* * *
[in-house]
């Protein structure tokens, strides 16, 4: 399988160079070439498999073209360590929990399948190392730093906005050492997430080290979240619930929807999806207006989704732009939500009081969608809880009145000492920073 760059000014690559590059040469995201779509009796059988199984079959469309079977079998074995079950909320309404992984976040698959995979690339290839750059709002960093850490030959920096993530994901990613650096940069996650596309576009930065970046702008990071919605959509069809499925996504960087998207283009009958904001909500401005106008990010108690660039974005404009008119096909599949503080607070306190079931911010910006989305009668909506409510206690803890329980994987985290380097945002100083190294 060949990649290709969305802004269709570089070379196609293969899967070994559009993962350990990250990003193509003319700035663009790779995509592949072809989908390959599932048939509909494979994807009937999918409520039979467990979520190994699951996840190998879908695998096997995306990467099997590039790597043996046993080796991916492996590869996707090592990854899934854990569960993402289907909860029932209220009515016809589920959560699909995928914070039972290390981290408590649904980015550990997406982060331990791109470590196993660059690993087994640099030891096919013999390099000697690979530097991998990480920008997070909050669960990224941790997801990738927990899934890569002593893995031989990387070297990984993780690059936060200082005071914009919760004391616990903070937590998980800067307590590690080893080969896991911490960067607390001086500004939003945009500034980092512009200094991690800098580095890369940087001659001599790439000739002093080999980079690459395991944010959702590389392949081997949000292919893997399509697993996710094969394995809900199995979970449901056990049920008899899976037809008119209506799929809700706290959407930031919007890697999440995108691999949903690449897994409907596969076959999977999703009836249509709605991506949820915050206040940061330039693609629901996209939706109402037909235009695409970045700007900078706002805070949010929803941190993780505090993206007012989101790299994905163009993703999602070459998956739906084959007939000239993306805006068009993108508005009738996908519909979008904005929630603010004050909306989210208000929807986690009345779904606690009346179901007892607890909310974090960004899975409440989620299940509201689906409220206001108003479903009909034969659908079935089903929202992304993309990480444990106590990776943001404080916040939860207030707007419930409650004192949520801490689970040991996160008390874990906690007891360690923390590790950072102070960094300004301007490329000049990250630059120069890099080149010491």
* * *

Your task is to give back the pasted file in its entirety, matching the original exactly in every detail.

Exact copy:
[in-house]
């Protein structure tokens, strides 16, 4: 399988160079070439498999073209360590929990399948190392730093906005050492997430080290979240619930929807999806207006989704732009939500009081969608809880009145000492920073 760059000014690559590059040469995201779509009796059988199984079959469309079977079998074995079950909320309404992984976040698959995979690339290839750059709002960093850490030959920096993530994901990613650096940069996650596309576009930065970046702008990071919605959509069809499925996504960087998207283009009958904001909500401005106008990010108690660039974005404009008119096909599949503080607070306190079931911010910006989305009668909506409510206690803890329980994987985290380097945002100083190294 060949990649290709969305802004269709570089070379196609293969899967070994559009993962350990990250990003193509003319700035663009790779995509592949072809989908390959599932048939509909494979994807009937999918409520039979467990979520190994699951996840190998879908695998096997995306990467099997590039790597043996046993080796991916492996590869996707090592990854899934854990569960993402289907909860029932209220009515016809589920959560699909995928914070039972290390981290408590649904980015550990997406982060331990791109470590196993660059690993087994640099030891096919013999390099000697690979530097991998990480920008997070909050669960990224941790997801990738927990899934890569002593893995031989990387070297990984993780690059936060200082005071914009919760004391616990903070937590998980800067307590590690080893080969896991911490960067607390001086500004939003945009500034980092512009200094991690800098580095890369940087001659001599790439000739002093080999980079690459395991944010959702590389392949081997949000292919893997399509697993996710094969394995809900199995979970449901056990049920008899899976037809008119209506799929809700706290959407930031919007890697999440995108691999949903690449897994409907596969076959999977999703009836249509709605991506949820915050206040940061330039693609629901996209939706109402037909235009695409970045700007900078706002805070949010929803941190993780505090993206007012989101790299994905163009993703999602070459998956739906084959007939000239993306805006068009993108508005009738996908519909979008904005929630603010004050909306989210208000929807986690009345779904606690009346179901007892607890909310974090960004899975409440989620299940509201689906409220206001108003479903009909034969659908079935089903929202992304993309990480444990106590990776943001404080916040939860207030707007419930409650004192949520801490689970040991996160008390874990906690007891360690923390590790950072102070960094300004301007490329000049990250630059120069890099080149010491």